Have I told you recently about how much I love bulbs? Maybe I’ve mentioned it once…or twice…but I strongly believe that bulbs improve your garden (and your life!). I’m going to go as far as to unscientifically claim that as fact.

I’m taking the time to wax ecstatic about bulbs again because now is the time of order and schedule bulbs for fall installation. Perhaps this is the most wonderful time of year, when all that lay before you are possibilities. Grab a bulb catalog, consult with your project manager, and internally debate daffodils vs. tulips vs . crocuses vs. winter aconite (unless you’re me, in which case replace ‘vs.’ with ‘and’). And just so you know that I’m not practicing what I preach, let me tell you that in a moment of weakness and excitement, I ordered 700 bulbs. I regret nothing; however, come late October I may be singing a slightly different tune when I have 700 bulbs demanding to be planted.

If your garden is overrun with squirrels, deer, and rabbits you may want to reconsider planting tulips, or plant the in such quantities that after they’ve had their fill you’ll still have some left over for your own enjoyment. What’s the seed saying…four seeds in a row, one for the rook, one for the crow, one to die, and one to grow? Have a similar mentality when it comes to tulips and you won’t be disappointed. That’s a bit of an exaggeration and depends on how many squirrels, deer, and rabbits are in your area; what other food sources are available; and if your house is the only source for a tulip bulb feast. Some other bulb options, which are not on the preferred list for these garden intruders, are daffodils, winter aconite, alliums, Siberian sqill, snowdrop, grape hyacinth, fritillaria, and a handful of others. The variety of daffodils alone could fill a garden for months. Add some snowdrops and alliums and extend your bulb season into late winter and early summer.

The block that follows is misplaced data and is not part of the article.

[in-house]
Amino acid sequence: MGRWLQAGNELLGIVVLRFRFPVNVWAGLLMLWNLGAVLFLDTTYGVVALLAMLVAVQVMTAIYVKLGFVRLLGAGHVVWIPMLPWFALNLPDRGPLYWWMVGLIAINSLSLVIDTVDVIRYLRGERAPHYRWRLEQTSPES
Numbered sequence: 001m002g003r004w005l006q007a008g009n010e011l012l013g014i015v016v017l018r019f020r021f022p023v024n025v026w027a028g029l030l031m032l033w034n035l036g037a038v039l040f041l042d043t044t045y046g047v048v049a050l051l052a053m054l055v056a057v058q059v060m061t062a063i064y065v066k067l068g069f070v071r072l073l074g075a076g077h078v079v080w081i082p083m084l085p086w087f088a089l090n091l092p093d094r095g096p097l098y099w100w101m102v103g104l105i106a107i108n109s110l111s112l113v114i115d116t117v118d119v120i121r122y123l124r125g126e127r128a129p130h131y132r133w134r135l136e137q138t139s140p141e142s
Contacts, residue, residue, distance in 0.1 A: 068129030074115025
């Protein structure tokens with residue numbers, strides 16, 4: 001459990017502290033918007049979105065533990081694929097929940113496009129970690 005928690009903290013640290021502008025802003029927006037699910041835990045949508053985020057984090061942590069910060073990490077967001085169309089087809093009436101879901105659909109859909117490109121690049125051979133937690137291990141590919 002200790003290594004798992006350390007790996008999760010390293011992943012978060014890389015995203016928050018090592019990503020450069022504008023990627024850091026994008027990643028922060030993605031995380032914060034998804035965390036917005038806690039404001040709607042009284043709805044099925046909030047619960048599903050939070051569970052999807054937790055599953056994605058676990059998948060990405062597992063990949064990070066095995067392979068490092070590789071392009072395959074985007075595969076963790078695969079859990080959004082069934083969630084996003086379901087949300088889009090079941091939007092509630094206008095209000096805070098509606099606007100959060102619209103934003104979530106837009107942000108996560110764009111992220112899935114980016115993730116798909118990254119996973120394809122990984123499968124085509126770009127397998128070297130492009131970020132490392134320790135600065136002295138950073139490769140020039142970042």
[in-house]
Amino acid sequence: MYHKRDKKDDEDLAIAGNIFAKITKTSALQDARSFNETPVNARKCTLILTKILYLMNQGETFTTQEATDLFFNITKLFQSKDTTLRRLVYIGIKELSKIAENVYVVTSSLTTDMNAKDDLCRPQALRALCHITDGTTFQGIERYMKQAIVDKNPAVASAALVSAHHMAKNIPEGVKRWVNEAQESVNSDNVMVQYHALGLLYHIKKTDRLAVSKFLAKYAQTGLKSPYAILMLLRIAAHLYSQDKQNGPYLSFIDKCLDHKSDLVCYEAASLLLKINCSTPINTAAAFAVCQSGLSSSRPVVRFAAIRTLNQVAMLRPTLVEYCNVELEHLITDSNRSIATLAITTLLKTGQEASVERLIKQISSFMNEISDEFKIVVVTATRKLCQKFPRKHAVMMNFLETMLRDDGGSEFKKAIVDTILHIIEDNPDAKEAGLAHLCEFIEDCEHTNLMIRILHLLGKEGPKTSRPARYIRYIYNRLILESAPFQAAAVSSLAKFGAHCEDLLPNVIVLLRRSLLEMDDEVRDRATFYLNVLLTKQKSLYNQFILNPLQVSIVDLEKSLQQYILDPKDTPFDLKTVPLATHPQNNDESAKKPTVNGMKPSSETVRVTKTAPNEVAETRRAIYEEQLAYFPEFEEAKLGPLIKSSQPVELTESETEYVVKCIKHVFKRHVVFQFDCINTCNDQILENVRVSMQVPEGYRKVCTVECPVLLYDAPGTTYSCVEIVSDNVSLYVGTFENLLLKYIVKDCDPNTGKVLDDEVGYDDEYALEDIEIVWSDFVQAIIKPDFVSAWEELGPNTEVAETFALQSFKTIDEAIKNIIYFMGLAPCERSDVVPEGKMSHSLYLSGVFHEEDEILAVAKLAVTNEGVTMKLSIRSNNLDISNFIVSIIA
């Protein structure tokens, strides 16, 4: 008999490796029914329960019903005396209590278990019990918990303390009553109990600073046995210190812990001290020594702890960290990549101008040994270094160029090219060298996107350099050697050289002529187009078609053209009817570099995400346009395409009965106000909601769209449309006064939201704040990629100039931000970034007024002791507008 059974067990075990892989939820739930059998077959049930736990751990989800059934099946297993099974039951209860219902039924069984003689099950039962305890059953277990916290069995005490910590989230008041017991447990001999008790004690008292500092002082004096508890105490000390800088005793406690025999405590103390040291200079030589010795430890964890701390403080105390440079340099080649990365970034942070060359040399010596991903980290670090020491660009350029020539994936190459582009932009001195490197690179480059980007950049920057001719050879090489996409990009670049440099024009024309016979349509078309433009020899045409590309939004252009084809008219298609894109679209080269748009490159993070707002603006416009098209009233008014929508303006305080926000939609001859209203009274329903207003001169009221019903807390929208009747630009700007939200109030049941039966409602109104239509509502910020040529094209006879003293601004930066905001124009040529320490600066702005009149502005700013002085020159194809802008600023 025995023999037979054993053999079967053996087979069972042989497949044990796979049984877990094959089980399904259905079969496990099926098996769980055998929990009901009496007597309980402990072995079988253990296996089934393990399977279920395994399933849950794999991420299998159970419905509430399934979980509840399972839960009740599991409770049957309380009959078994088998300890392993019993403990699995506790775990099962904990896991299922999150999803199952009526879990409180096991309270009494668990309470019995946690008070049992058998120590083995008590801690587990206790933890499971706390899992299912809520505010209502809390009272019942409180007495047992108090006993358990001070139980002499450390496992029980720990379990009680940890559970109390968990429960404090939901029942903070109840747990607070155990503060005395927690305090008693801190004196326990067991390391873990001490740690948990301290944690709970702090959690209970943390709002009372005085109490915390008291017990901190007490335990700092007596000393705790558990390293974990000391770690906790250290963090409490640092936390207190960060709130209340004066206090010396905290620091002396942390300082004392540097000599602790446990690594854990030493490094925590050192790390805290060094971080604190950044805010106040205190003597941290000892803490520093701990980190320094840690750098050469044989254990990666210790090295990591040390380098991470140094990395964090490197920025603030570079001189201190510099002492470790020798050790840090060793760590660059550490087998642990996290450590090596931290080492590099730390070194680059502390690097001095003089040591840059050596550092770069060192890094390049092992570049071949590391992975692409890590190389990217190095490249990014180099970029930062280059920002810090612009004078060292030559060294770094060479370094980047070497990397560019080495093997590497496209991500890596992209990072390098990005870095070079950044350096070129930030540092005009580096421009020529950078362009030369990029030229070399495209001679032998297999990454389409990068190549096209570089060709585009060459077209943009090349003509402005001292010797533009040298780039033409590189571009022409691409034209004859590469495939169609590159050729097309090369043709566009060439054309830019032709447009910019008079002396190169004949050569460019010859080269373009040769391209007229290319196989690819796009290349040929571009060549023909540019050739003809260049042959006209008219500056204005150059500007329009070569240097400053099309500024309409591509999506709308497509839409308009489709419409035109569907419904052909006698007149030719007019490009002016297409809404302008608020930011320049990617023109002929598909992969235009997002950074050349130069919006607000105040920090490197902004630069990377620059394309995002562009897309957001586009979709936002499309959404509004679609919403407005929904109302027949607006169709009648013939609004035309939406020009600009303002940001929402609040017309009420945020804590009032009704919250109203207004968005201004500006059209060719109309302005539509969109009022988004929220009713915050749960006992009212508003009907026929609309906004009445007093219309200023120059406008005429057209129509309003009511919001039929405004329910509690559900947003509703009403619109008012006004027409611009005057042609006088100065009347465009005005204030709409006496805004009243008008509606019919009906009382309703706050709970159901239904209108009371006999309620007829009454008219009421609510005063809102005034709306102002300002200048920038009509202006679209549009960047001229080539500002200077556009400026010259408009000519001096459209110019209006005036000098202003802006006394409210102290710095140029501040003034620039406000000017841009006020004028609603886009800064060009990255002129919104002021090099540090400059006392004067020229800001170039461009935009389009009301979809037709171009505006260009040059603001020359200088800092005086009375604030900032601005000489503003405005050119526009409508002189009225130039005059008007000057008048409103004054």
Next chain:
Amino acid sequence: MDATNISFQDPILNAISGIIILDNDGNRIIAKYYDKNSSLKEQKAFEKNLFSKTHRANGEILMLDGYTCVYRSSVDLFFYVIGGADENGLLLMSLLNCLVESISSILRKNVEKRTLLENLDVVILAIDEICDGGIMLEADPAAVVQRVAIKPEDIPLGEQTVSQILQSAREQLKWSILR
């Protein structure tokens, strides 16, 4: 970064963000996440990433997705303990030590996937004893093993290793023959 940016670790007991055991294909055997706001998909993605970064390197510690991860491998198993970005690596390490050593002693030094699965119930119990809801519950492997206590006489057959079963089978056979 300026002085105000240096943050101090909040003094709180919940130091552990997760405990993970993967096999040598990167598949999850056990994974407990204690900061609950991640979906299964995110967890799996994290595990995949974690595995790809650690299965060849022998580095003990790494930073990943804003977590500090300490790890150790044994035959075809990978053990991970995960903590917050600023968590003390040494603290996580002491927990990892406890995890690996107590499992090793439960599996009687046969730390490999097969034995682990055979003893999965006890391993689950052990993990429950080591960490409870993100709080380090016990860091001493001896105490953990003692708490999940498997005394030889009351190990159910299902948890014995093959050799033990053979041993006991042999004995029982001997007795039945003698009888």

Embrace the possibilities and let us know how we can help your bulb dreams come true.

Daffodil massing